On the web the designer has no control over several factors, including the size of the browser window, the web browser used, the input devices used (mouse, touch screen, voice command, text, cell phone number pad, etc.) and the size and characteristics of available fonts.
Some designers choose to control the appearance of the elements on the screen by using specific width designations. This control may be achieved through the use of a HTML table-based design, or through the use of CSS. Whenever the text, images, and layout of a design do not change as the browser changes, this is referred to as a fixed width design. Proponents of fixed width design prefer the control over the look and feel of the site and the precision placement of objects on the page. Other designers choose a liquid design. A liquid design is one, like Wikipedia, where the design moves to flow content into the whole screen, or a portion of the screen, no matter what the size of the browser window. Proponents of liquid design prefer to use all the screen space available. Liquid design can be achieved through the use of CSS, by avoiding styling the page altogether, or by using HTML tables set to a percentage of the page. Both liquid and fixed design developers must make decisions about how the design should degrade on higher and lower screen resolutions. Sometimes the pragmatic choice is made to flow the design between a minimum and a maximum width. This allows the designer to avoid coding for the browser choices making up the long tail, while still using all available screen space.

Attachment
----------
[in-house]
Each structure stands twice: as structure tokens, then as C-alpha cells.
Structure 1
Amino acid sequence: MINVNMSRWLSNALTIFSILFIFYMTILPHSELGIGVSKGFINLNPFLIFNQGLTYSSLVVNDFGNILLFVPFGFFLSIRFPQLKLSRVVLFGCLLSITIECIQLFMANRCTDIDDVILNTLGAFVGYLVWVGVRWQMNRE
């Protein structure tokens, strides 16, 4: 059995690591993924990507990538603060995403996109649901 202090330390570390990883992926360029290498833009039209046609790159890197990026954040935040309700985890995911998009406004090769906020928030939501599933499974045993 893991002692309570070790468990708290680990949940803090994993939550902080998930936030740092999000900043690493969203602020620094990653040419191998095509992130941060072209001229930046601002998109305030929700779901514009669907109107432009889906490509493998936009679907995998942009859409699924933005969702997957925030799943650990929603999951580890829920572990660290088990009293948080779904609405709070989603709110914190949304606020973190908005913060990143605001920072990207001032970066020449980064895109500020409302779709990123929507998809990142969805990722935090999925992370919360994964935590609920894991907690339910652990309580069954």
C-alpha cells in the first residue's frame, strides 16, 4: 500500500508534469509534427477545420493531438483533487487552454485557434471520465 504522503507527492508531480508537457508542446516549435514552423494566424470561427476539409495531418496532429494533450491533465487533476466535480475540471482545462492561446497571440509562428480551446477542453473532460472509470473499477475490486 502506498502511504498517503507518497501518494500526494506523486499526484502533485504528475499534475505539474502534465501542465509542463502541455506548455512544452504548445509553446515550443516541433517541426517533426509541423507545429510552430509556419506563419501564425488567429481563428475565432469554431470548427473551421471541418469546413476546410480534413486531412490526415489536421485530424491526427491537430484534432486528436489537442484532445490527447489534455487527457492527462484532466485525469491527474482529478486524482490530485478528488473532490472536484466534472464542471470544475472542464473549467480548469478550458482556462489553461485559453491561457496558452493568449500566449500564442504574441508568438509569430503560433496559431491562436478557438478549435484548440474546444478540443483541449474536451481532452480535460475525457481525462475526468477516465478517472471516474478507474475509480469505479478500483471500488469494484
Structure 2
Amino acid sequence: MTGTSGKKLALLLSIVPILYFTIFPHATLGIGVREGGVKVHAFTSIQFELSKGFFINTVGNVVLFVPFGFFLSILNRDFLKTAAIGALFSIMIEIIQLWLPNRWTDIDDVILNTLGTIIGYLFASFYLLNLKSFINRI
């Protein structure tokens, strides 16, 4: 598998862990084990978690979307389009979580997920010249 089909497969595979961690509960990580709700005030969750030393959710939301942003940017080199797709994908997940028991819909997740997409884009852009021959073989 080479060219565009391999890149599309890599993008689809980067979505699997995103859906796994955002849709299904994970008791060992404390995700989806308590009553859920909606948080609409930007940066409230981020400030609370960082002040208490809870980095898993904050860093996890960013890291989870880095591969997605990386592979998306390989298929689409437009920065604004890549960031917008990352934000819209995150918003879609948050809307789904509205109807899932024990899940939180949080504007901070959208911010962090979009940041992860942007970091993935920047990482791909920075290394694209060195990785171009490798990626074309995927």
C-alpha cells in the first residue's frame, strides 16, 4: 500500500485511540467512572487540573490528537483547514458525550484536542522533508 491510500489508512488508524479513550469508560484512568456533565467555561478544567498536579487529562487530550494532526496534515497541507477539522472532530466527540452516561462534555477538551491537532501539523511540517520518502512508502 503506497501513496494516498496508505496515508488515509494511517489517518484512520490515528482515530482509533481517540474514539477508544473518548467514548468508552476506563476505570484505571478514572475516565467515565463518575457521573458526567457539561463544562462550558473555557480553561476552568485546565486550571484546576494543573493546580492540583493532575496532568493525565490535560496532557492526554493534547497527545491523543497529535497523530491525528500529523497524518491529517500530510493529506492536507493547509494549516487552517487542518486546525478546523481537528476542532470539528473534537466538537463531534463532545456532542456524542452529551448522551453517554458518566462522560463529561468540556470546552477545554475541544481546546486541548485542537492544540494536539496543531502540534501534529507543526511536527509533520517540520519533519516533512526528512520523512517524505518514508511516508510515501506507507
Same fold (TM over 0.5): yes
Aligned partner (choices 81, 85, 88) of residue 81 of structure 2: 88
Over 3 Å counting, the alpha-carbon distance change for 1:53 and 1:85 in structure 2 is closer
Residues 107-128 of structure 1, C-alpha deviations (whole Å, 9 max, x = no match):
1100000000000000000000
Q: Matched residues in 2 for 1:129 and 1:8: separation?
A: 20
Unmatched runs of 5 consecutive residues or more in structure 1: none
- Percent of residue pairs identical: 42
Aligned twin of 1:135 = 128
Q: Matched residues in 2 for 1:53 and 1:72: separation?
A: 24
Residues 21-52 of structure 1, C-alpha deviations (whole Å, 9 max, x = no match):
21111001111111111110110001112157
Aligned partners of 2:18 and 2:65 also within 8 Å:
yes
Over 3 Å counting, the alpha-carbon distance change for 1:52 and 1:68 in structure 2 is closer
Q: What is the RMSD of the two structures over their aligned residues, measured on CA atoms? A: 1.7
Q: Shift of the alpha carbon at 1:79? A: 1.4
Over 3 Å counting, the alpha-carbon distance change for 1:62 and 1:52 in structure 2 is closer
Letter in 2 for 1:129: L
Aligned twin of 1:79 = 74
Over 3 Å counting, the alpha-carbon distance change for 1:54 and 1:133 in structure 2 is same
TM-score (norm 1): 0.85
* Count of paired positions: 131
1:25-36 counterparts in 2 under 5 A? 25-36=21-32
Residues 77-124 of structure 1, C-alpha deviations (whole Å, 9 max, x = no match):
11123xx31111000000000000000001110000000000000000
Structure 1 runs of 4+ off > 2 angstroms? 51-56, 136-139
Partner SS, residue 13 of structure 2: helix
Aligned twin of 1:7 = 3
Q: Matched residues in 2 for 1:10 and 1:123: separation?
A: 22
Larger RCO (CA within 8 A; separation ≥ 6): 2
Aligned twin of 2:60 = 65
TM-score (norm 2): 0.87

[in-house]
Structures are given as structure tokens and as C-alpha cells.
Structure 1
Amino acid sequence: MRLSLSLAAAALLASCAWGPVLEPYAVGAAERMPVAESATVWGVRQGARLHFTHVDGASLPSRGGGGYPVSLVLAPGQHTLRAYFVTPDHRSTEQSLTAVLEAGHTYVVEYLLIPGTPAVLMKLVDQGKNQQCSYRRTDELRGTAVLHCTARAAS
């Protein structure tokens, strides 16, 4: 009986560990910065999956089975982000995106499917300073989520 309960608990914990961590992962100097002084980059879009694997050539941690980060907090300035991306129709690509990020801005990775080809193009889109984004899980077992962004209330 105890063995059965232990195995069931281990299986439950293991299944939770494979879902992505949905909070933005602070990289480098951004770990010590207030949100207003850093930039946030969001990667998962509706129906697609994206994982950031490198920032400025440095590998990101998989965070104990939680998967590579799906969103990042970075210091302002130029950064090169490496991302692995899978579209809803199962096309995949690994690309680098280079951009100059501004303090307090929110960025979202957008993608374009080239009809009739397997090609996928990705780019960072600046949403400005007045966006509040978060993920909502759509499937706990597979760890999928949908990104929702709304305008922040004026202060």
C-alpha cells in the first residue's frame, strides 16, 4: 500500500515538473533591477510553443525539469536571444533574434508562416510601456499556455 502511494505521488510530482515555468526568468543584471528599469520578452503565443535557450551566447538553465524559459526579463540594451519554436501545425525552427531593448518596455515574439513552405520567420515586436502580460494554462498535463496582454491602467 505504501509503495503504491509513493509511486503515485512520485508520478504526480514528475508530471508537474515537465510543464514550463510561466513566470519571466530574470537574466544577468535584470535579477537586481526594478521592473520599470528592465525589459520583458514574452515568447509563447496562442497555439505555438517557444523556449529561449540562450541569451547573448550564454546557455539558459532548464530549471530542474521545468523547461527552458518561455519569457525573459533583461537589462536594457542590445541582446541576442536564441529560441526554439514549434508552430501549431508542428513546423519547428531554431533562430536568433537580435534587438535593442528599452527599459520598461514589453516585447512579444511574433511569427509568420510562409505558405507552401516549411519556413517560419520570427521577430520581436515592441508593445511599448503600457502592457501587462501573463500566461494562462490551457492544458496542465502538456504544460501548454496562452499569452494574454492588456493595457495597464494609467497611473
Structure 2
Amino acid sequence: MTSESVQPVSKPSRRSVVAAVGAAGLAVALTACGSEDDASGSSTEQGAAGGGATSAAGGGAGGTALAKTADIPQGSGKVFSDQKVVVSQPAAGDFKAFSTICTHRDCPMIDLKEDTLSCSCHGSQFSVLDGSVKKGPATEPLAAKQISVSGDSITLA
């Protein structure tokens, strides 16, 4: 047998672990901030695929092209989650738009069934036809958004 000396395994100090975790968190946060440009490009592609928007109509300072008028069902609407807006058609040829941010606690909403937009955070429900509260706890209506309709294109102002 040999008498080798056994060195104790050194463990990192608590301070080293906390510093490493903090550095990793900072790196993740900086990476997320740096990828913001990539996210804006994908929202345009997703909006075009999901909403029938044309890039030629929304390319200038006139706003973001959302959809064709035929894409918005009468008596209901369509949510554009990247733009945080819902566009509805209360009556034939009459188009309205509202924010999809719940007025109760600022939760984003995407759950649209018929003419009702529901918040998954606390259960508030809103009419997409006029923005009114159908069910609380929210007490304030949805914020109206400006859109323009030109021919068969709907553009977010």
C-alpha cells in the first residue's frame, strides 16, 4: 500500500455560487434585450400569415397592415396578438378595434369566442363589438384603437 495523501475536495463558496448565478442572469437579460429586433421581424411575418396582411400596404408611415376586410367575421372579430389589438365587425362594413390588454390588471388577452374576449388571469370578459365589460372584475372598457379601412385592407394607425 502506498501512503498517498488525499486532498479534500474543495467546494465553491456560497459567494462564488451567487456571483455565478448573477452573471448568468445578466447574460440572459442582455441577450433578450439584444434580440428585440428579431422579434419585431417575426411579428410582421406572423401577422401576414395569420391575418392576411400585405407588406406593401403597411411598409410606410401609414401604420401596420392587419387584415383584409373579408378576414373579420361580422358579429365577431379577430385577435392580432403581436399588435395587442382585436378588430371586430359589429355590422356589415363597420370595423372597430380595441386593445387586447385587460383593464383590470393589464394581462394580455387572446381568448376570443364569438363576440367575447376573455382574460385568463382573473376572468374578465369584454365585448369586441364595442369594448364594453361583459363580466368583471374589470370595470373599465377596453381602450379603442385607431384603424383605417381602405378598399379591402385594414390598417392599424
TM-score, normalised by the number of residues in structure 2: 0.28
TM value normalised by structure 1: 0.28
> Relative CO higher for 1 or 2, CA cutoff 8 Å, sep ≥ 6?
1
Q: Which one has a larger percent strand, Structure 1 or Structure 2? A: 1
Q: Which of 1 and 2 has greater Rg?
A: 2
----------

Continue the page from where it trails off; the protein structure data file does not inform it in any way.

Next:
Similar to liquid layout is the optional fit to window feature with Adobe Flash content. This is a fixed layout that optimally scales the content of the page without changing the arrangement or text wrapping when the browser is resized.
Licensed under the GNU Free Documentation License. It uses materials from the Wikipedia.